Maslow for Choirs: Self-Actualisation

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selfactualisationFinal post in a series that starts here

Self-actualisation is the 'bingo!' of human experience. It's it is when we are feeling most fully ourselves, immersed in meaningful activity that makes a positive contribution to the universe and not only draws on what we are best at, but helps us get even better at it. It's living in that sweet spot where pleasure, challenge and meaning come together.

As such, I confess, it is the type of human need I have been most nervous about writing about. What if I write a fatuous post? I have been wondering; what if I find nothing to say that isn't self-evident and gushing?

Because it is something of a responsibility to feel that other people's peak experiences are in your hands. As choir directors, we mostly deal with this responsibility by not thinking about it too hard and getting on with planning the detail. But every so often, we need to think about this stuff to check that we're fulfilling our obligations to those whose experiences are in our hands.

I think part of what make this hard to think about is that when it works, we lose consciousness of ourselves. So you can't very well bring any kind of reflective self-awareness about your level of actualisation in real time without bumping yourself out of the state you are aiming for. You do your best - and thus most rewarding - work when you are thinking about the work, not about yourself.

But this in turn gives us our clue as to how to help our singers have this wonderful experience, if not every time we make music together, at least often enough that they trust choir to put them in that place. And it turns out to be quite a simple process:

  1. Attend to all their other needs
  2. Add purpose

Step 1 might look on the face of it like an impossible ask: this series has shed a lot of virtual ink on these already, and asking us to juggle them all at once sounds like an insuperable task. But actually, in real life, we only need to pay attention to the needs of here and now, and this just slots in with our regular diagnostic-solution cycle.

You run through a passage; if it's wonderful, you congratulate the singers and move onto something that needs more work. If (as is more usual when working with human beings) it is only moderately wonderful and you can hear that it might be improved, you work out what needs changing, and change it.

The point of including the hierarchy of needs in this process is that it significantly expands your diagnostic palette. Is it losing pitch because of a problem with technique or musicianship, or is it tiredness or lack of confidence you need to solve? Over time, as you untangle the esteem issues in choir politics and get everyone feeling like they belong and get in the habit of stretching your singers cognitively and aesthetically, you find the obstacles to self-actualisation dissolving and it getting easier and easier to sail up to that level where everyone feels they have exceeded what they thought they could do.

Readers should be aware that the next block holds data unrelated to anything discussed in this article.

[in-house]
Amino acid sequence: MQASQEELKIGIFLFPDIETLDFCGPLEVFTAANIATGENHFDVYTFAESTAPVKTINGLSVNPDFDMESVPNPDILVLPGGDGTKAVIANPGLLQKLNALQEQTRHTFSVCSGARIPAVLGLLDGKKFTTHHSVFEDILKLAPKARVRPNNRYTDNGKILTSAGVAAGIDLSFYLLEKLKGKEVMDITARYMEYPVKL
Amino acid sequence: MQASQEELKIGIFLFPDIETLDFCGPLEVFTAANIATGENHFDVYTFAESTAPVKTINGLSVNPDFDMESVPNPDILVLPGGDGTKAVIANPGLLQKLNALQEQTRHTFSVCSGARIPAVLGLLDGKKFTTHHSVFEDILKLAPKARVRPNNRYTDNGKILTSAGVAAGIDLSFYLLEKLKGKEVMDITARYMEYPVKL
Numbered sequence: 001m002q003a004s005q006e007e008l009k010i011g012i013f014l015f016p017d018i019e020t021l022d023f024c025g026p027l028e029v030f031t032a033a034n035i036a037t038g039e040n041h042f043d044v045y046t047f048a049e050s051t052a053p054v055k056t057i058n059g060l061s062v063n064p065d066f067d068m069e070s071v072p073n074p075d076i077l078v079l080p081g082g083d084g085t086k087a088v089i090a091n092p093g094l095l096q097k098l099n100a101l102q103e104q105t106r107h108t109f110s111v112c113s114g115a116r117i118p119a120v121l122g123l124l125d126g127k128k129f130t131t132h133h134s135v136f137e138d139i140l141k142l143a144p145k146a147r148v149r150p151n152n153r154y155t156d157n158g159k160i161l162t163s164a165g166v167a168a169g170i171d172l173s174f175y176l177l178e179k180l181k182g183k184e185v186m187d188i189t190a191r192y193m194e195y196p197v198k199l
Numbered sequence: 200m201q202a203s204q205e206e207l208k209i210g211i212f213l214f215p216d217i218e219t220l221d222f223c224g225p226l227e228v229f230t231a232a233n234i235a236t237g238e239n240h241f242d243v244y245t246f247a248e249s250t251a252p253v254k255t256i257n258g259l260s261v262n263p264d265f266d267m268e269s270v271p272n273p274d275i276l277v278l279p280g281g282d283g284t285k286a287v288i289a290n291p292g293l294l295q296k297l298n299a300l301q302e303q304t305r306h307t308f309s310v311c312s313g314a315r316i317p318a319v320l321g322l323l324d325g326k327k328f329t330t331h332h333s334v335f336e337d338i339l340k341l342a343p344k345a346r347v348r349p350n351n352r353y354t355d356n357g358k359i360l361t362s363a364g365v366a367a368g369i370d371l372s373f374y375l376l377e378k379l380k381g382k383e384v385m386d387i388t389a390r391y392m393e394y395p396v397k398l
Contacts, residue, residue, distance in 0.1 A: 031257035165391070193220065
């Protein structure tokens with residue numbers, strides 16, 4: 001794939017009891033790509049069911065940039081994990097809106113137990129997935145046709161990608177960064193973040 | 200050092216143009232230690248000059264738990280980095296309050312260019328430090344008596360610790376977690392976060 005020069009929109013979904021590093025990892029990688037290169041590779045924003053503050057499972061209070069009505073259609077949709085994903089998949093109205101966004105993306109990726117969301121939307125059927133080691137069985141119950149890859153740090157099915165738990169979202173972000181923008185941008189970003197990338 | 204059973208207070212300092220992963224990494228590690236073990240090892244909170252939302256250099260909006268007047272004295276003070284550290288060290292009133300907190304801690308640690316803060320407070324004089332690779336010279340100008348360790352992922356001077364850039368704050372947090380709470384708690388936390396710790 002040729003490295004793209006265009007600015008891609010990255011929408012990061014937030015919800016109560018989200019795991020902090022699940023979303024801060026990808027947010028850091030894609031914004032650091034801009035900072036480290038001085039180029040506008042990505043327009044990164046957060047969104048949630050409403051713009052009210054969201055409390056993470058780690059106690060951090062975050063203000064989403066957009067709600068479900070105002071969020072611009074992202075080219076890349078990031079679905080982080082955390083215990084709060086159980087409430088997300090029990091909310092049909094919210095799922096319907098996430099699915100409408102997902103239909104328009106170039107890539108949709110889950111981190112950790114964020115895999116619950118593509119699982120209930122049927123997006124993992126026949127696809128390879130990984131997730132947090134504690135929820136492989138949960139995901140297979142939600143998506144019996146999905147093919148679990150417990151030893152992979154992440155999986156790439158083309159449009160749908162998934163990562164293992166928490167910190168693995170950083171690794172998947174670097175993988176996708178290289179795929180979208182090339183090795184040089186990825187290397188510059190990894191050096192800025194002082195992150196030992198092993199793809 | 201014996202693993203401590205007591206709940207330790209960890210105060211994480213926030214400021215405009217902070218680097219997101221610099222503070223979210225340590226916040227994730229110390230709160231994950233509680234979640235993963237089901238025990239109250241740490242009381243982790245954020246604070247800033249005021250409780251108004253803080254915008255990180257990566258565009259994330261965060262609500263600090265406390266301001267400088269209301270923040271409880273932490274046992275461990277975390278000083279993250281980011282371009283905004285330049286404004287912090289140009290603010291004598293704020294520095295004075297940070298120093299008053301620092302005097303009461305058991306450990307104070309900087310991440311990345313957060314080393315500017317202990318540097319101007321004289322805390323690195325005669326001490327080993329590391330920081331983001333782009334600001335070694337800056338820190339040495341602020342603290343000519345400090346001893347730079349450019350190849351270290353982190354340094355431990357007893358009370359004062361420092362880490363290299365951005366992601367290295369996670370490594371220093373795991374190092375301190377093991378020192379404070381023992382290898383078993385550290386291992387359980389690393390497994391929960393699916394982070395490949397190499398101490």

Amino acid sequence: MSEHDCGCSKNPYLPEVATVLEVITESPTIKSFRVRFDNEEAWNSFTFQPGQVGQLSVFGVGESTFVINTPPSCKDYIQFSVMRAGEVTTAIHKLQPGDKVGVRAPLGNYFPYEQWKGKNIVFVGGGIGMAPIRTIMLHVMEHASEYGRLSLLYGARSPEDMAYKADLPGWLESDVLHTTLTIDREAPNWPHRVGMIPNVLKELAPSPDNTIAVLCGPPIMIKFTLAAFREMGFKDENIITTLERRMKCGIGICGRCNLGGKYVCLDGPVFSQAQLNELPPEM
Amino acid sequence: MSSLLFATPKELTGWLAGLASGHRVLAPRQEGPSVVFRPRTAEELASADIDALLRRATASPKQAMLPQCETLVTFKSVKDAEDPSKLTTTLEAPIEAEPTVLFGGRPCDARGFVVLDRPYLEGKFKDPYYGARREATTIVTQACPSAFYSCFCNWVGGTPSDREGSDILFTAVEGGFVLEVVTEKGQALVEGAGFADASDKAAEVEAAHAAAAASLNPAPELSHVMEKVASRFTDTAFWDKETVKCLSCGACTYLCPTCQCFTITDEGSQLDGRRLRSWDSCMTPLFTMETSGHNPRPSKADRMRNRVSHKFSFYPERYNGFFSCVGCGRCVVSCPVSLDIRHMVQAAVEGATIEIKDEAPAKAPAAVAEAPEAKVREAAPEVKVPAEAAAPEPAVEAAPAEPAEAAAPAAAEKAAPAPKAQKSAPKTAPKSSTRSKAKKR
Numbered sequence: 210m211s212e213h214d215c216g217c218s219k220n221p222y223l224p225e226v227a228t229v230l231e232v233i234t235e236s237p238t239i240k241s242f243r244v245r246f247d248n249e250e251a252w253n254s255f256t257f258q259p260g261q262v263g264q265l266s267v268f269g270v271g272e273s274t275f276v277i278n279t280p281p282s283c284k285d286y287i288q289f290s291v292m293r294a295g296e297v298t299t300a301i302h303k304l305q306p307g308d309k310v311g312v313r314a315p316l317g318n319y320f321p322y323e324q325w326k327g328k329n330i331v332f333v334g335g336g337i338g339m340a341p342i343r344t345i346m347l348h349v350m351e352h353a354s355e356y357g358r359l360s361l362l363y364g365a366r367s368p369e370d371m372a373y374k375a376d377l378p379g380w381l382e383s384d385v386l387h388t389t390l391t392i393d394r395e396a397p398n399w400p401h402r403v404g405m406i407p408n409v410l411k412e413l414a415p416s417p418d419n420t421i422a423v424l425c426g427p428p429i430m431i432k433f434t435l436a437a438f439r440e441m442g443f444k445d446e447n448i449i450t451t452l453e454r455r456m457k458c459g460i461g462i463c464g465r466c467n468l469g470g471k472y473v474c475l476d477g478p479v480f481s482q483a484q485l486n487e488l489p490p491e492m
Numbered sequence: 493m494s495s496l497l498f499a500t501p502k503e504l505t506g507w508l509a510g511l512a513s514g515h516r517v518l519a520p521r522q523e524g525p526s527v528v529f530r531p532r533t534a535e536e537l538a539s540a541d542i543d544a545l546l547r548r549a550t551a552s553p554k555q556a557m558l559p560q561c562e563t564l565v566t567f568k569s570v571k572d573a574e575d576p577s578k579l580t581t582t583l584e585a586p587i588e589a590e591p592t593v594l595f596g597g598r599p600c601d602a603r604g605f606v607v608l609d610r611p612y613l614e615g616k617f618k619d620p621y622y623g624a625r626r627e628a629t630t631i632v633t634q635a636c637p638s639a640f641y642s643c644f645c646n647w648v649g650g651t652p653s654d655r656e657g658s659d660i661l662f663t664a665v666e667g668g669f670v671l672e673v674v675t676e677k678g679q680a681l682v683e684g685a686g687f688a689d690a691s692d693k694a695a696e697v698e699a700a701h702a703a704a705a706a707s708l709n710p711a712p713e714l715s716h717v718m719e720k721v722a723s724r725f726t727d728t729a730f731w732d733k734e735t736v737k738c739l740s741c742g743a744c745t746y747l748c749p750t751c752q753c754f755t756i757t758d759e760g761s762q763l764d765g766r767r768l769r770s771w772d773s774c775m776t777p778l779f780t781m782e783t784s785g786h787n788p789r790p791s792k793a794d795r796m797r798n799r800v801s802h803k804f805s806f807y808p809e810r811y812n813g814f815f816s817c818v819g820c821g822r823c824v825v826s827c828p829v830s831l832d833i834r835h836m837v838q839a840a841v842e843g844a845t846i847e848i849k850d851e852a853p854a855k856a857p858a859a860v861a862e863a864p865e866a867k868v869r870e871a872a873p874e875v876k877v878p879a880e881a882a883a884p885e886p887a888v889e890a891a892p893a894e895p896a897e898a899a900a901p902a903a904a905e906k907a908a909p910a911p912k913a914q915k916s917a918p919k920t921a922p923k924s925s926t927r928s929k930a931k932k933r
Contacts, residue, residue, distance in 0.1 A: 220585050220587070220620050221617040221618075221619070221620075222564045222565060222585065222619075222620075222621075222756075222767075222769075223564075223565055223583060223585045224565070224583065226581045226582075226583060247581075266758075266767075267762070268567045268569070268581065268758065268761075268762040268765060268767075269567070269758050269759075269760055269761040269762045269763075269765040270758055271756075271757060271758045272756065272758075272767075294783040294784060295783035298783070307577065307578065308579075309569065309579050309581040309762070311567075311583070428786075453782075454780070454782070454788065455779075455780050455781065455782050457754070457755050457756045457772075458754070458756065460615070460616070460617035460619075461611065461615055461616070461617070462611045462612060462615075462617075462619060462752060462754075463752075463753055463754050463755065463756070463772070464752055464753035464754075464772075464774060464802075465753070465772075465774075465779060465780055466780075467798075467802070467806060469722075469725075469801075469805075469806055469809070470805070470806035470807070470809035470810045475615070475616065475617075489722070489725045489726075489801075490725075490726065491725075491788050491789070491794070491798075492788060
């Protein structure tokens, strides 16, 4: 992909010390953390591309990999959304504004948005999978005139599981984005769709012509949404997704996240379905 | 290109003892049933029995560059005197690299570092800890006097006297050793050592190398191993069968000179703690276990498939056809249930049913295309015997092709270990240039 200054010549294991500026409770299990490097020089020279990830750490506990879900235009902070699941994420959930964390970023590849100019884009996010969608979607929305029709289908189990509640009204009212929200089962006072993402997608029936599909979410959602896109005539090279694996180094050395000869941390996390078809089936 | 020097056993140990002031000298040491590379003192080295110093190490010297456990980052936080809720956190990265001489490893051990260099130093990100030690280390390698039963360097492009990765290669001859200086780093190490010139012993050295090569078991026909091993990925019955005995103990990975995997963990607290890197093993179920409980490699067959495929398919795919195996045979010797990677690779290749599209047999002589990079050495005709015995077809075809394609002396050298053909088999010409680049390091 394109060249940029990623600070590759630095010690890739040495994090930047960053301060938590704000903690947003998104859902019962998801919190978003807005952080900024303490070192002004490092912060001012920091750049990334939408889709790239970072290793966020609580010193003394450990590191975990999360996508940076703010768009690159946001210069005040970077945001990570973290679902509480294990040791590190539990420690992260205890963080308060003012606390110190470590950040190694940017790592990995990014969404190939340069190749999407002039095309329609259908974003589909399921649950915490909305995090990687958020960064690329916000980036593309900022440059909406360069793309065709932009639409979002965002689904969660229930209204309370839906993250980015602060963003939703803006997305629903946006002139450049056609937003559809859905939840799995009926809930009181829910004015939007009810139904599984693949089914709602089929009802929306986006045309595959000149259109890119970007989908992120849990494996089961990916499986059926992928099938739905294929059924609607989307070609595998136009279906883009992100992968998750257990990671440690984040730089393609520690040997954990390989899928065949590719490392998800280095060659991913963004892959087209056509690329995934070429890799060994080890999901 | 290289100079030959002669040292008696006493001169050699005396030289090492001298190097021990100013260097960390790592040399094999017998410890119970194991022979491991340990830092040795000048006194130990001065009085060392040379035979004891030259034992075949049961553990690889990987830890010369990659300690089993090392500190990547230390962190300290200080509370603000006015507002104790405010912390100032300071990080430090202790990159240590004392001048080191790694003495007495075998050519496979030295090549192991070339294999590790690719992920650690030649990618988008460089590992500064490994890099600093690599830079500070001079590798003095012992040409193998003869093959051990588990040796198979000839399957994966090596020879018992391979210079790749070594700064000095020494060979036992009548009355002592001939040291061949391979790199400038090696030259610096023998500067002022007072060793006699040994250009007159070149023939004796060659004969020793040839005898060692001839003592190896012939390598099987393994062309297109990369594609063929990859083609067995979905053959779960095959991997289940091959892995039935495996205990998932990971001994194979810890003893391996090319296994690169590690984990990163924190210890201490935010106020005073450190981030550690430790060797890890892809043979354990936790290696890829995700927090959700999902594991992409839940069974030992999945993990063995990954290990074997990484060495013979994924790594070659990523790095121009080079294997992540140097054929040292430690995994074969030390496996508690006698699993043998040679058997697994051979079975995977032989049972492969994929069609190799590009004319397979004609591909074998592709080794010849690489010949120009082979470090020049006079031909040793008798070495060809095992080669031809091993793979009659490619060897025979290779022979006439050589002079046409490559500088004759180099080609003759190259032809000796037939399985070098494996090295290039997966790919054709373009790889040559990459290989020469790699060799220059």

And this also draws our attention that the experience of self-actualisation always comes in relation to a choir's current capacities. You don't have to wait until you are world class to experience it; it can come at any and every step on the journey.

The point about adding purpose is that it gives everyone a goal outside themselves to focus on. The aspirations you choose both draw upon and establish the guiding values of your choir, and define, within your particular part of choral culture, what constitutes success. Fidelity to the composer, emotional connection with an audience, celebration of a religious festival are all causes that a choir can dedicate their efforts towards. What matters is that the purpose is one that everyone can commit to in their hearts, as that is what gives that sense of singing the world into a better state than it was before.

Long-term readers of my blog will be feeling all kinds of resonance here with my posts about charisma. The sense of purpose here is clearly playing the same role as the 'cause' in the generation of charismatic encounters (though not necessarily with the urgency that a crisis will add to that experience). And the sense of transcendence of self is akin to the euphoric experience of communion or flux.

My working hypothesis is that these common elements do indeed mean it is possible to experience a charismatic encounter as self-actualisation (and vice versa), but that the two are not automatically coterminous. Self-actualisation does not necessarily involve the handing over independent judgement that typifies charismatic flux, for instance, nor does it necessarily entail that evangelical streak motivated by the sense of crisis. But I am leaving that open for my future self to disagree with once I've thought about it more...

But one thing that I think the two do have in common is the ring and clarity that come to the voices under both sets of experience. You can tell when a choir is sailing along at the apex of Maslow's chart because their voices sound true: free, resonant, rich and well-tuned.

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